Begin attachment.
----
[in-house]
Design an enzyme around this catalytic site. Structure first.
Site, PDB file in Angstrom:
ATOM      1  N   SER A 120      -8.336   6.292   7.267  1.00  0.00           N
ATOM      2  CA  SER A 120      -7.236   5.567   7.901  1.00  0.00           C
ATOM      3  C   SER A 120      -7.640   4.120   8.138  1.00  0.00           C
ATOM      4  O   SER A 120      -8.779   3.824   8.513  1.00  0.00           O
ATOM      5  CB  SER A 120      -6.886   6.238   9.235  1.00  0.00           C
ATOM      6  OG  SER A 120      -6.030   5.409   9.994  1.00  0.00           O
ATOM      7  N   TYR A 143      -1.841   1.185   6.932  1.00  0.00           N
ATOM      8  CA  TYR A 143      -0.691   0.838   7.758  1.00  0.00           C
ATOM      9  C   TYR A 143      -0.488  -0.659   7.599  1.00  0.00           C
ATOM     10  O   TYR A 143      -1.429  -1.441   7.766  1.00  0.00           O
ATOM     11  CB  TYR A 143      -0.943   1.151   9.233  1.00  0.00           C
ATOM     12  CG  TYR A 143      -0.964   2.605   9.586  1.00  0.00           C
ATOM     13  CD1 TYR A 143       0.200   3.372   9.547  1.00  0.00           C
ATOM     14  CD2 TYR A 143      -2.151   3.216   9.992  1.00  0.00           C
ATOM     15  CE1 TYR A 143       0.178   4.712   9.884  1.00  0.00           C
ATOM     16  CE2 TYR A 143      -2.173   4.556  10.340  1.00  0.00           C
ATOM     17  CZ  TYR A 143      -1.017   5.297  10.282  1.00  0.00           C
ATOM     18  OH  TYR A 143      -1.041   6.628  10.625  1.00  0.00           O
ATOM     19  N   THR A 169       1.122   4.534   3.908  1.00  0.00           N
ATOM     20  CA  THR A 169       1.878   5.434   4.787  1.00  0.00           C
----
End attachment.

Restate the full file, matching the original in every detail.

[in-house]
Design an enzyme around this catalytic site. Structure first.
Site, PDB file in Angstrom:
ATOM      1  N   SER A 120      -8.336   6.292   7.267  1.00  0.00           N
ATOM      2  CA  SER A 120      -7.236   5.567   7.901  1.00  0.00           C
ATOM      3  C   SER A 120      -7.640   4.120   8.138  1.00  0.00           C
ATOM      4  O   SER A 120      -8.779   3.824   8.513  1.00  0.00           O
ATOM      5  CB  SER A 120      -6.886   6.238   9.235  1.00  0.00           C
ATOM      6  OG  SER A 120      -6.030   5.409   9.994  1.00  0.00           O
ATOM      7  N   TYR A 143      -1.841   1.185   6.932  1.00  0.00           N
ATOM      8  CA  TYR A 143      -0.691   0.838   7.758  1.00  0.00           C
ATOM      9  C   TYR A 143      -0.488  -0.659   7.599  1.00  0.00           C
ATOM     10  O   TYR A 143      -1.429  -1.441   7.766  1.00  0.00           O
ATOM     11  CB  TYR A 143      -0.943   1.151   9.233  1.00  0.00           C
ATOM     12  CG  TYR A 143      -0.964   2.605   9.586  1.00  0.00           C
ATOM     13  CD1 TYR A 143       0.200   3.372   9.547  1.00  0.00           C
ATOM     14  CD2 TYR A 143      -2.151   3.216   9.992  1.00  0.00           C
ATOM     15  CE1 TYR A 143       0.178   4.712   9.884  1.00  0.00           C
ATOM     16  CE2 TYR A 143      -2.173   4.556  10.340  1.00  0.00           C
ATOM     17  CZ  TYR A 143      -1.017   5.297  10.282  1.00  0.00           C
ATOM     18  OH  TYR A 143      -1.041   6.628  10.625  1.00  0.00           O
ATOM     19  N   THR A 169       1.122   4.534   3.908  1.00  0.00           N
ATOM     20  CA  THR A 169       1.878   5.434   4.787  1.00  0.00           C